Let great teaching ideas shine through to help disadvantaged students
Across the country, teachers are doing innovative and exciting things to help students learn. The trouble is, teachers have a habit of being too modest to shout about the fantastic ideas they are implementing and as a result those ideas are never shared for the benefit of others
This is something education charity the Shine Trust aims to change. It is providing up to £150,000 in funding to ensure great teaching ideas do not remain hidden away.
“Teachers are on the frontline of education and often have the best ideas for bringing about change, we are proud to support teachers in bringing those ideas to life,” says Paul Carbury, chief executive of the Shine Trust.
Teachers can access the funding through the charity’s Let Teachers Shine programme. Now in its fourth year, teachers are able to submit applications for funding of up to £15,000 for an idea or initiative that will raise attainment in numeracy, literacy or science among disadvantaged students.
Those that receive funding will be partnered with a mentor from one of the charity’s sponsors and embark on a year-long project to implement and scale up their project.
Winners of the 2014 competition include Josh Wedderkopp of Stogumber Primary School in Somerset, whose interactive, GPS-located stories in and around the village of Stogumber improved the written and oral literacy levels of children within the rural community.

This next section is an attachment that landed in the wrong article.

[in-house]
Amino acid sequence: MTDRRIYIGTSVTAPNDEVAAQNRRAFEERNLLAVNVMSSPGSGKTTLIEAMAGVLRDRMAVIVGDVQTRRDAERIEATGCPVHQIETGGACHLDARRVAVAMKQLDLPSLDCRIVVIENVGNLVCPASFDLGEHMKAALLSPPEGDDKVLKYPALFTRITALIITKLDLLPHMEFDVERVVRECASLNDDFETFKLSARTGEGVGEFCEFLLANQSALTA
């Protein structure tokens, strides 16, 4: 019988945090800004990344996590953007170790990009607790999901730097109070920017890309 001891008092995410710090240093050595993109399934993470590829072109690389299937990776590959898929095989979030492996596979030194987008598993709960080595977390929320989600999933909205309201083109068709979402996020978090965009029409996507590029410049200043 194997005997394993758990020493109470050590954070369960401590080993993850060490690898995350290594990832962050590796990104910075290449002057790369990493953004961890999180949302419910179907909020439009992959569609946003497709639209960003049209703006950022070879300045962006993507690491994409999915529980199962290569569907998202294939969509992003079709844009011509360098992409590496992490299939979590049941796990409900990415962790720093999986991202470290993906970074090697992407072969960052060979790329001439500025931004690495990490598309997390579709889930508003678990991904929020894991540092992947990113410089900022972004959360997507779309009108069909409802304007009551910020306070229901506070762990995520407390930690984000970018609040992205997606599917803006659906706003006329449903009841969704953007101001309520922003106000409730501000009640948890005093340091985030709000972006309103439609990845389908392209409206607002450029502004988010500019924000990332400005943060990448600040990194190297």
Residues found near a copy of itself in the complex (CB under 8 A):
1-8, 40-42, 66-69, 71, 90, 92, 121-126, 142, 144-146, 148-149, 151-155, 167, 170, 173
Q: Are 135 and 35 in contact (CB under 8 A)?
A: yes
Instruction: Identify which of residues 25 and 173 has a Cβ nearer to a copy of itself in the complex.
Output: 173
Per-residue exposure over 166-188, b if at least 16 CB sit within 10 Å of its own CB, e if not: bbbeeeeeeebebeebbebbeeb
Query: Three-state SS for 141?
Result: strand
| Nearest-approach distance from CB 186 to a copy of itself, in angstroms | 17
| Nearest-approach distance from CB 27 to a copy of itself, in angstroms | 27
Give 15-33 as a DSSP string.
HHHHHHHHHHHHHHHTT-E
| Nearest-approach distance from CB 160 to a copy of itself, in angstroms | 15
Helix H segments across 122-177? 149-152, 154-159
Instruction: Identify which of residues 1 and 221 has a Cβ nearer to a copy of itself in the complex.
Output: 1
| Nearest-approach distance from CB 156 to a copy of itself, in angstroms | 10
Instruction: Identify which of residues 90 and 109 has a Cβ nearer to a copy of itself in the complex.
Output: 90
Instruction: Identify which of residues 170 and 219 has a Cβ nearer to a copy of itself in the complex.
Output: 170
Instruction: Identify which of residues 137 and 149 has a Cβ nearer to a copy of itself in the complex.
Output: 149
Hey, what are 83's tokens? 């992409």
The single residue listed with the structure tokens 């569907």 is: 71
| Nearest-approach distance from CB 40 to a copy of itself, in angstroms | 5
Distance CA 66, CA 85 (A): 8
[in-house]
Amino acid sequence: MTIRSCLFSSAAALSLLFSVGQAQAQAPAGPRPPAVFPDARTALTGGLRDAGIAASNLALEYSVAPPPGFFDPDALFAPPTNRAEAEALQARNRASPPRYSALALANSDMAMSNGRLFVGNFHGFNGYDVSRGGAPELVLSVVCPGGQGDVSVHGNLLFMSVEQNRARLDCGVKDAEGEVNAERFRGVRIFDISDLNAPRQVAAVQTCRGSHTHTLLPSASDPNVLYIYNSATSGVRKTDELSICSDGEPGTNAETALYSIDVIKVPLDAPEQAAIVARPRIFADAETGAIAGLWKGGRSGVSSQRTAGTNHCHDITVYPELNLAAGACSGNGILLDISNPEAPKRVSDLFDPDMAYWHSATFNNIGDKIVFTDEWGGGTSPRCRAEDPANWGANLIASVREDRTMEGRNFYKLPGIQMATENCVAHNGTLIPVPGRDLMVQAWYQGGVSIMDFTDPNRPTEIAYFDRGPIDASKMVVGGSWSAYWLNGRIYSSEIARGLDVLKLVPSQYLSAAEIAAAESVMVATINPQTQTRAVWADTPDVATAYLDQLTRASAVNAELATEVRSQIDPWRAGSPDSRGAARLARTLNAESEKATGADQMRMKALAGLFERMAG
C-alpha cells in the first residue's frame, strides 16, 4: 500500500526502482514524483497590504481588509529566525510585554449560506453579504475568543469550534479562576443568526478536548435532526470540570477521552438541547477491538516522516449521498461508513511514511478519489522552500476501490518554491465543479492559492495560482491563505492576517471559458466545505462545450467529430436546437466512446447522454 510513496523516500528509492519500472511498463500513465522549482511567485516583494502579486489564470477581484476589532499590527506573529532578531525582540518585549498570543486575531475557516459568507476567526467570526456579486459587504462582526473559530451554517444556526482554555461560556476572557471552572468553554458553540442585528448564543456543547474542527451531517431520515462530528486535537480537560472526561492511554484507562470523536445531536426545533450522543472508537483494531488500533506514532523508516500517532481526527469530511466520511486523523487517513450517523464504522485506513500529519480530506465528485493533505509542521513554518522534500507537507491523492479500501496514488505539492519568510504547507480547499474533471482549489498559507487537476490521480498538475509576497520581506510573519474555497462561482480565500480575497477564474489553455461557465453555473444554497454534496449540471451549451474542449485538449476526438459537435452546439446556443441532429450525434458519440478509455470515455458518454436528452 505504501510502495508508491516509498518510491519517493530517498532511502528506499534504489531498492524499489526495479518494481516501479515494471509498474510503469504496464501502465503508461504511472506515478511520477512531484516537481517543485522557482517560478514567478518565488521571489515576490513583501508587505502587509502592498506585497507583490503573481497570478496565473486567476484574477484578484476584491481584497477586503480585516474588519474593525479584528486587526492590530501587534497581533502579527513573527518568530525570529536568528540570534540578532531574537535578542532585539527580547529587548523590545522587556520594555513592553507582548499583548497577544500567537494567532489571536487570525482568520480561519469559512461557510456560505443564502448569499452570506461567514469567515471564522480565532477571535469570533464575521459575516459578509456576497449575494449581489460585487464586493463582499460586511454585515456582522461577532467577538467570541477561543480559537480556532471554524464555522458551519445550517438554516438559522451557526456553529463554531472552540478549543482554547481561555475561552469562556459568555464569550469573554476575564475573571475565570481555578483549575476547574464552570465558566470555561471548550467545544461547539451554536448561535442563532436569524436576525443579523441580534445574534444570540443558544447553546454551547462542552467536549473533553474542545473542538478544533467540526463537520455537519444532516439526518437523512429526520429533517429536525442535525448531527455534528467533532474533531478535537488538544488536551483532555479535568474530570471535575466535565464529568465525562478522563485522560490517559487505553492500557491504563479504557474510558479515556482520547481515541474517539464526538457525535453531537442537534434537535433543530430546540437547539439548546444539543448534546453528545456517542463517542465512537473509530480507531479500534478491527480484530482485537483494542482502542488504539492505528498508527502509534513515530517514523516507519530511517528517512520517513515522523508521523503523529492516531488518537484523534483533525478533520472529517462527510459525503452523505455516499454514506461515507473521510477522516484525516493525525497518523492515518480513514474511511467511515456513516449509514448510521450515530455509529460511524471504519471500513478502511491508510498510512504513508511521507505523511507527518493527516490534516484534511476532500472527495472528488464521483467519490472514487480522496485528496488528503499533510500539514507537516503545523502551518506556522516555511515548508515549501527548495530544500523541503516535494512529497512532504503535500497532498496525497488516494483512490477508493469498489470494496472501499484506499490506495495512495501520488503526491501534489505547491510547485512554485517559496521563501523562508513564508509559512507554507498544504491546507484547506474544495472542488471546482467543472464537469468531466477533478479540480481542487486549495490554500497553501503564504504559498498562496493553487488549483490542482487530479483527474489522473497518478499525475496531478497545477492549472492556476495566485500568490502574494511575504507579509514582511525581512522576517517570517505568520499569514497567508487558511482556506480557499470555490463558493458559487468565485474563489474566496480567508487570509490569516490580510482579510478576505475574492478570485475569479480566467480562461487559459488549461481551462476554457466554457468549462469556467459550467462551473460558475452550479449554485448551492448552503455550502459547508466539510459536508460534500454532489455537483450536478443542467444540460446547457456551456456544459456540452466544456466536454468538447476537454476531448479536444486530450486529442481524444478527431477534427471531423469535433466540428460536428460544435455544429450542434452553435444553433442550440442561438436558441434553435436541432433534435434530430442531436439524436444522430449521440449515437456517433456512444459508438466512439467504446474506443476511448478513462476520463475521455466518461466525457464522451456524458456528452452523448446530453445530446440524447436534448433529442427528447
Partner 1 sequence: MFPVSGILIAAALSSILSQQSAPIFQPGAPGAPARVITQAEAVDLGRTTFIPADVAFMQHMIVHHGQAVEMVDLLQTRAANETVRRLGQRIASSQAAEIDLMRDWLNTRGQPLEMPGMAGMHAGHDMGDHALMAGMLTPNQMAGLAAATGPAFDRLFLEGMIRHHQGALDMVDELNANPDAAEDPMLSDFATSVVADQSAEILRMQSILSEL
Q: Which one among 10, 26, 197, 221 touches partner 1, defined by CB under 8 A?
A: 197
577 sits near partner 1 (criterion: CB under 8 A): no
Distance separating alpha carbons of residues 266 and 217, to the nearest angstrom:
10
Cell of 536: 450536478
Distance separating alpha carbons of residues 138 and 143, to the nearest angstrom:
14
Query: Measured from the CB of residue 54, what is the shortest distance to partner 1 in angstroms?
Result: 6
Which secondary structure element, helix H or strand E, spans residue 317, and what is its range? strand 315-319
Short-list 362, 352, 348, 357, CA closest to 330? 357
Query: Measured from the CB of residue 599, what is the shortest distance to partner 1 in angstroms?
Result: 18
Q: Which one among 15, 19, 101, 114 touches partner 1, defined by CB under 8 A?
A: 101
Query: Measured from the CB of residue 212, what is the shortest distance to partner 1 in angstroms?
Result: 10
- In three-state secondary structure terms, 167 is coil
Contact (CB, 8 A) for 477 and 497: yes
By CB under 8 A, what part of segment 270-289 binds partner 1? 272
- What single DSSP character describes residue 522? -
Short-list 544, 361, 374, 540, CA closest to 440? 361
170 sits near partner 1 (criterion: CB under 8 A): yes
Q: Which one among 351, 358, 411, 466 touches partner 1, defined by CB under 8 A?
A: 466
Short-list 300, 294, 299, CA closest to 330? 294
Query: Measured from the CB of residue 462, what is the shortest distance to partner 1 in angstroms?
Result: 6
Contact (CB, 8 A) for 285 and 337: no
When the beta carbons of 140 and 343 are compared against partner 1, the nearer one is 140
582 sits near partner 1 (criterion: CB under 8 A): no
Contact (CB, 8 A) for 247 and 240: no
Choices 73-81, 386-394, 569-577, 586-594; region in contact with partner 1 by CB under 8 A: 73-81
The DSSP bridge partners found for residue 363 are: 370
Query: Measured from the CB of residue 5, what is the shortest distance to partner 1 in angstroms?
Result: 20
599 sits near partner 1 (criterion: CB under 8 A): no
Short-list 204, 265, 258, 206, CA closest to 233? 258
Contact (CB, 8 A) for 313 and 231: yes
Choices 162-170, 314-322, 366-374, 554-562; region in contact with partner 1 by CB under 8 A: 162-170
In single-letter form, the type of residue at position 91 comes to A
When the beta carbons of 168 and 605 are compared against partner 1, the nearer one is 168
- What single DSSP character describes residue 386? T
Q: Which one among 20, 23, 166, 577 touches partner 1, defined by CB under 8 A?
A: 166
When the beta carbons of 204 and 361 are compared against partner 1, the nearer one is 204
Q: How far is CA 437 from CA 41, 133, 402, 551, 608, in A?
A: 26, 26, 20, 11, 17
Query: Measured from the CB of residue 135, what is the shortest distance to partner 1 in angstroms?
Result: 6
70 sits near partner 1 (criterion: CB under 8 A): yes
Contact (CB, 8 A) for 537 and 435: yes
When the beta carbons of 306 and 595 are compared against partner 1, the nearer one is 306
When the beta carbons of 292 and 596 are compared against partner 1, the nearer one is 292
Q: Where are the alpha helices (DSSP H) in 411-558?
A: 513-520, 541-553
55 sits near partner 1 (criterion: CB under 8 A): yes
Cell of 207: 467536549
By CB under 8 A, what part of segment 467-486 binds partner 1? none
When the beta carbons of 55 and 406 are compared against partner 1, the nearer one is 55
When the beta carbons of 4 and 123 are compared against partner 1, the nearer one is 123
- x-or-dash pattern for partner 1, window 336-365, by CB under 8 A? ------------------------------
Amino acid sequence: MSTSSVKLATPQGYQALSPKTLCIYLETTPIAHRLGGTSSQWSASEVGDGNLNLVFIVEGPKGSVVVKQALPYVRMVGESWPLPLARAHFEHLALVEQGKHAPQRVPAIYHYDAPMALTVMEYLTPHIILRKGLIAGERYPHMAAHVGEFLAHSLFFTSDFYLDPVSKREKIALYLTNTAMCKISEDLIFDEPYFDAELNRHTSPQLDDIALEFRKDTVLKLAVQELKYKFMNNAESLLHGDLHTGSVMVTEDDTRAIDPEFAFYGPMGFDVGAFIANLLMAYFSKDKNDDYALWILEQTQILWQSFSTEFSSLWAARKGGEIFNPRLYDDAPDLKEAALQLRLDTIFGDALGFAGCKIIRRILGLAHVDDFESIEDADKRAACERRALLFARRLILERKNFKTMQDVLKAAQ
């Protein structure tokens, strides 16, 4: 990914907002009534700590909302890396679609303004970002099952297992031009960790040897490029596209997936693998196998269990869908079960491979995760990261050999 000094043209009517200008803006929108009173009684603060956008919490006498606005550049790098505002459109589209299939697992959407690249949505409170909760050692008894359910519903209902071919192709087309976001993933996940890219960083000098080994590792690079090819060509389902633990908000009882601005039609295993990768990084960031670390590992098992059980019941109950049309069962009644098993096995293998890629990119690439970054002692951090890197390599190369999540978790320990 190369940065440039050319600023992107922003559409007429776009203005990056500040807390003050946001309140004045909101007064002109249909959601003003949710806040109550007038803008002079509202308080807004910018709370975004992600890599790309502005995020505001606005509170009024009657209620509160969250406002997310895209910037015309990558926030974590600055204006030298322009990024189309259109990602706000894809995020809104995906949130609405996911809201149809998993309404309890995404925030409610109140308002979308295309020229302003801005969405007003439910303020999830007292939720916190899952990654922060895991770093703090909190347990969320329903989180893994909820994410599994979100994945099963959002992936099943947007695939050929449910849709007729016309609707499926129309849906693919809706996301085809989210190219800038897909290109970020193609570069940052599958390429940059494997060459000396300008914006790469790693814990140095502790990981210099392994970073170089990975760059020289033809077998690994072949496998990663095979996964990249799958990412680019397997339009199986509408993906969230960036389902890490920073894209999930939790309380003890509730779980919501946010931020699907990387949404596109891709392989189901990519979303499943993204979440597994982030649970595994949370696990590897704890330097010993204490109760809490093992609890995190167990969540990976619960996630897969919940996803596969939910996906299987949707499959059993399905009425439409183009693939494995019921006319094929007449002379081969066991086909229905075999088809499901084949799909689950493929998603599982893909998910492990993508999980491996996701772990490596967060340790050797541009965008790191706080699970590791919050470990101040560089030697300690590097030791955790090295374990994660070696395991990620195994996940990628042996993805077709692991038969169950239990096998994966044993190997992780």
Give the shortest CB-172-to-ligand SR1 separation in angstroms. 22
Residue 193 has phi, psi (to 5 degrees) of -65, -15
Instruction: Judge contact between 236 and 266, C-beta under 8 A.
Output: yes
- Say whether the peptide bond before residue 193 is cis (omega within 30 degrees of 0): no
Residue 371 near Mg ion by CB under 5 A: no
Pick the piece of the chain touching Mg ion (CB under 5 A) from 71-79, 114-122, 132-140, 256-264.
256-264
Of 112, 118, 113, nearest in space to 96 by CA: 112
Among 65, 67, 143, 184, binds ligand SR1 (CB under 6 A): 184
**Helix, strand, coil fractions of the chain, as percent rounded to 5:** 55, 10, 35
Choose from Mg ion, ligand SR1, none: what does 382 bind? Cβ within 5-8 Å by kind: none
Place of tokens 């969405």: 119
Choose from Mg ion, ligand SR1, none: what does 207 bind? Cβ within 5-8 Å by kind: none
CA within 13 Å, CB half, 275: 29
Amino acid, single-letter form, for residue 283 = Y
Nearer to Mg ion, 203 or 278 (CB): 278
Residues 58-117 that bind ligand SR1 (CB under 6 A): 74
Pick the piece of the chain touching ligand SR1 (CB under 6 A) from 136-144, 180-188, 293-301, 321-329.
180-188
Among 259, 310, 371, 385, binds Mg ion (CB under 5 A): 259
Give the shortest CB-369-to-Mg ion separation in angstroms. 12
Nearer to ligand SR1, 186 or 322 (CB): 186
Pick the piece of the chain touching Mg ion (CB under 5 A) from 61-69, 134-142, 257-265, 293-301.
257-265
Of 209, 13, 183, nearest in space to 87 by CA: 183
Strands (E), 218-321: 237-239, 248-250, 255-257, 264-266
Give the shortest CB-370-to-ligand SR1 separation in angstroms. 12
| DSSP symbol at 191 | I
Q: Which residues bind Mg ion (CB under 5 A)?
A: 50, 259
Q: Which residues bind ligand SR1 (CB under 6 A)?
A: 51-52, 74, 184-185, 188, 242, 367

Another initiative funded was submitted by Holly Fitzgibbon, at Littletown Primary School in Yorkshire. She came up with the novel idea of having her pupils wear their science key words on lab coats. This not only helped develop students' vocabulary, but raised both the attainment and confidence levels of her class.
“We’re able to award grants to support some truly innovative and creative initiatives that the teachers of this country are employing to help disadvantaged pupils,” says Carbury. “We're very much looking forward to seeing the brilliant new projects in this year's submissions and helping grow and develop them in the future.”
This year’s programme opened for entries on Friday 27 February and applications can be submitted right up to midnight on the 27 April (so yes, you are able to utilise the brief respite of the Easter holidays to get involved). It’s free to enter and the application process is incredibly easy to navigate.
So no excuses: there are enough workload problems in teaching at the moment without the best ideas being hidden away. If you have a great idea, help out your profession by sharing it.
You never know, one day you may be a YouTube sensation like teacher Colin Hegarty, who was propelled to the dizzy heights of internet stardom when he was awarded funding for his flipped maths classroom project in the competition's inaugural year.
To apply for this year's round of funding, visit the applications page of Let Teachers Shine